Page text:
Institute for War and Peace Reporting | Giving Voice, Driving Change
When I was a child, every time I heard someone mention Visegrad – a small town in eastern Bosnia famous for its beautiful 16th century Ottoman bridge - I would think of Ivo Andric’s novel The Bridge Over the Drina.
This was the book all citizens of the former Yugoslavia were proud of because Andric won a Nobel prize for it. Although this was before the 1992-95 war and I had never been to Visegrad, I felt as if I already knew the place as it was so well described in Andric’s novel.
However, the image of Visegrad I pictured in my head as a child had nothing to do with the Visegrad I saw after the war. On each visit, I felt great discomfort because I couldn’t shake off the thoughts of terrible crimes that occurred in this town during the conflict.
I went three times on various assignments as a reporter after 2003, most recently in May to do a story on the return of convicted war criminal Mitar Vasiljevic to Visegrad and how it affected local Serbs and Bosniak returnees.
Vasiljevic, sentenced by the Hague tribunal to 15 years in prison for the crimes he committed against Bosniak population in Visegrad in 1992, returned to the town on March 12 this year after serving two-thirds of his sentence. His supporters in Visegrad welcomed him as a hero with music and processions of cars, the onlookers all cheering his name.
According to the Hague tribunal, around 3,000 Bosniak civilians were killed in Visegrad during the war, including 600 women and 119 children. Some of the most horrific crimes of the Bosnian war took place in this town in June 1992, when 140 Bosniaks were burnt alive in houses in Pionirska Street and Bikavac.
The reports I wrote on Visegrad before my most recent visit were mainly positive stories about Bosniak returnees who had decided to come back to this town despite all the hardship they suffered here during the war.
But the story I set out to do in May of this year was different. I knew I would have a hard time persuading people to talk about how Vasiljevic’s return and the hero’s welcome he received affected them. However, the wall of silence I encountered when Vasiljevic’s name was mentioned surpassed even my expectations.
When I tried to do a vox-pop on the streets of Visegrad – a journalistic form I am particularly fond of because it allows me to get ordinary people’s opinions – I nearly ended up empty-handed. I stopped around 30 passers-by, asking them questions about Vasiljevic, but as soon as I mentioned his name, most of them would wave a hand and walk away. Those who did stop to talk to me said they knew nothing about this hero’s welcome that was organised for him.
I knew from my own and my colleagues’ experience that people in Visegrad didn’t want to talk about war crimes. This was once a predominantly Bosniak town, but most Bosniaks fled it at the beginning of the war, after terrible crimes were committed against them. Today, Visegrad is inhabited mostly by Serbs, and very few Bosniaks have gone back to the town itself – most of them now live in the villages around Visegrad.
The silence surrounding those crimes still seems impenetrable; no-one wants to talk about what happened here in 1992 – neither local Serbs, nor Bosniak returnees. My impression was that Serbs found it easier to live in denial than to face the difficult truth, while Bosniaks were probably afraid to speak openly about the crimes committed there.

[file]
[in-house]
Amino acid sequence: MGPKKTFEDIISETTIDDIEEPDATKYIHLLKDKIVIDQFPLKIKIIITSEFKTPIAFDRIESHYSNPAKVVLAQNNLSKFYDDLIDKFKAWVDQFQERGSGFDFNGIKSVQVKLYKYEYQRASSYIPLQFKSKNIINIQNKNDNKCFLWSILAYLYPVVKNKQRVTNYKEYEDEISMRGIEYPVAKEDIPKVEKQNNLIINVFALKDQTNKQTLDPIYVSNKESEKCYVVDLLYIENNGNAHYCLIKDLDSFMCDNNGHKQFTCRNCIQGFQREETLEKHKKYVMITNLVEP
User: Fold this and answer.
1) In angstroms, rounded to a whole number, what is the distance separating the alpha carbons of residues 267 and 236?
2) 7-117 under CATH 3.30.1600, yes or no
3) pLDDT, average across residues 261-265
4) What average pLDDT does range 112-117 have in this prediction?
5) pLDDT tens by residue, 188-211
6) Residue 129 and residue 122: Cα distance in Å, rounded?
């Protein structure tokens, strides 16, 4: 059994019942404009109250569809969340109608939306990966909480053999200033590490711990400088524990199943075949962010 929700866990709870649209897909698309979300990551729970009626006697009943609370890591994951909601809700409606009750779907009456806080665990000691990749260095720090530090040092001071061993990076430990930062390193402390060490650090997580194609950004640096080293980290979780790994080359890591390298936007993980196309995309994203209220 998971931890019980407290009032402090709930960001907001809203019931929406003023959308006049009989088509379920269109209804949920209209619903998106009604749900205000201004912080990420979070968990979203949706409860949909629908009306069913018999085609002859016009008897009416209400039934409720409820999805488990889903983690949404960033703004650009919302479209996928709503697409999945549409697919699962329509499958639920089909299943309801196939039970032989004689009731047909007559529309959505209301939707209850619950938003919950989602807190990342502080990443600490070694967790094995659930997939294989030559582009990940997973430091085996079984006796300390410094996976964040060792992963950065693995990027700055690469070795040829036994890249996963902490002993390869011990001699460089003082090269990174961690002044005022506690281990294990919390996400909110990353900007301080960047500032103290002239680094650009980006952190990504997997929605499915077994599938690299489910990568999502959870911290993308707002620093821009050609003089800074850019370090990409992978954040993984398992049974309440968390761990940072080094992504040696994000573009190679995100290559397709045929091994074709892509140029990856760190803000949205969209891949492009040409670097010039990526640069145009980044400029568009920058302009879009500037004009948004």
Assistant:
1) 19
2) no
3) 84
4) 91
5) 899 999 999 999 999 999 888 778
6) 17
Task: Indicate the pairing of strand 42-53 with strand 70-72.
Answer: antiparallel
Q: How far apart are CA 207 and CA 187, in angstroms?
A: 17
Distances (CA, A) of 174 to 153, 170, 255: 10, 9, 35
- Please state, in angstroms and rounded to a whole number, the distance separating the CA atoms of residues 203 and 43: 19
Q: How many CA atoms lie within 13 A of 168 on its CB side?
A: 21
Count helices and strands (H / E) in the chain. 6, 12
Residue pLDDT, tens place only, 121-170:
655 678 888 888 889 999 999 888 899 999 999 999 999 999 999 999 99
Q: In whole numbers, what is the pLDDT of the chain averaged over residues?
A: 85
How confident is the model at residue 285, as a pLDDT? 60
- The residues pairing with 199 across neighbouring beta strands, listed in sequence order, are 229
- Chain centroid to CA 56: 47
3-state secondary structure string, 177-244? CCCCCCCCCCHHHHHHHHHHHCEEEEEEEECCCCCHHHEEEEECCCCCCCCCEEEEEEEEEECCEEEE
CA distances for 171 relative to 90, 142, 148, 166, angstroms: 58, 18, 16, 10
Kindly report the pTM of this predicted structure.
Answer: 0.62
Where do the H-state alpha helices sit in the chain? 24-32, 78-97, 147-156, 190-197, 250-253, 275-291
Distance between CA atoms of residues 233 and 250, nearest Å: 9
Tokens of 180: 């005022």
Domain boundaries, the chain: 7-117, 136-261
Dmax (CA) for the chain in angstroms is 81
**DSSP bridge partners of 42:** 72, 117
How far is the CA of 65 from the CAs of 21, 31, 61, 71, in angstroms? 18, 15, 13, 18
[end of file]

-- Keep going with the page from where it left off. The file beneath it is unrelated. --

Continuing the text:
It is because of these crimes and the widespread denial that Visegrad today is a grim place, nothing like the Visegrad from my childhood’s imagination. People I met on the street did not smile. It was as if they were all carrying a heavy burden on their shoulders, one they were not even aware of.
I have heard many times that denying a crime is a defence mechanism which helps individuals or a whole society escape from unpleasant reality. But it is hard for me to accept that 15 years after the Bosnian war, people in Visegrad still haven’t summoned the courage to finally come to terms with their past. This process cannot be postponed forever, and sooner or later Bosnian Serbs in this town will have to accept the truth. But judging from the wall of silence I witnessed in Visegrad this May that will not happen any time soon.
Whenever I visit Visegrad, I lean over the beautiful Ottoman bridge and look into the Drina river, trying to remember the scenes from Andric’s novel which captured my imagination so much when I was a child. While I was standing on the bridge this May, a photographer offered to take a photo of me. I smiled at him and kindly declined the offer. I couldn’t bring myself to have a photo of me taken on a bridge which, not so long ago, was a scene of terrible crimes, crimes no-one in Visegrad wants to talk about.
Marija Arnautovic is an IWPR-trained reporter in Sarajevo.
Link to original article by Marija Arnautovic. Published in TRI No. 647, 2-Jun-10.
The Story Behind the Story gives an insight into the work that goes into IWPR articles and the challenges faced by our trainees at every stage of the editorial process.
This feature allows our journalists to explain where they get the inspiration for their articles, why the subjects matter to them, and how they personally have felt affected by the often controversial issues they explore.
It also shows the difficulties writers can face as they try to get to the heart of a story.
As coronavirus sweeps the globe, IWPR’s network of local reporters, activists and analysts are examining the economic, social and political impact of this era-defining pandemic.
- Europe & Eurasia
- Latin America
- Middle East & North Africa
- Focus Pages
- Training & Resources
- Print Publications
- IWPR Spotlight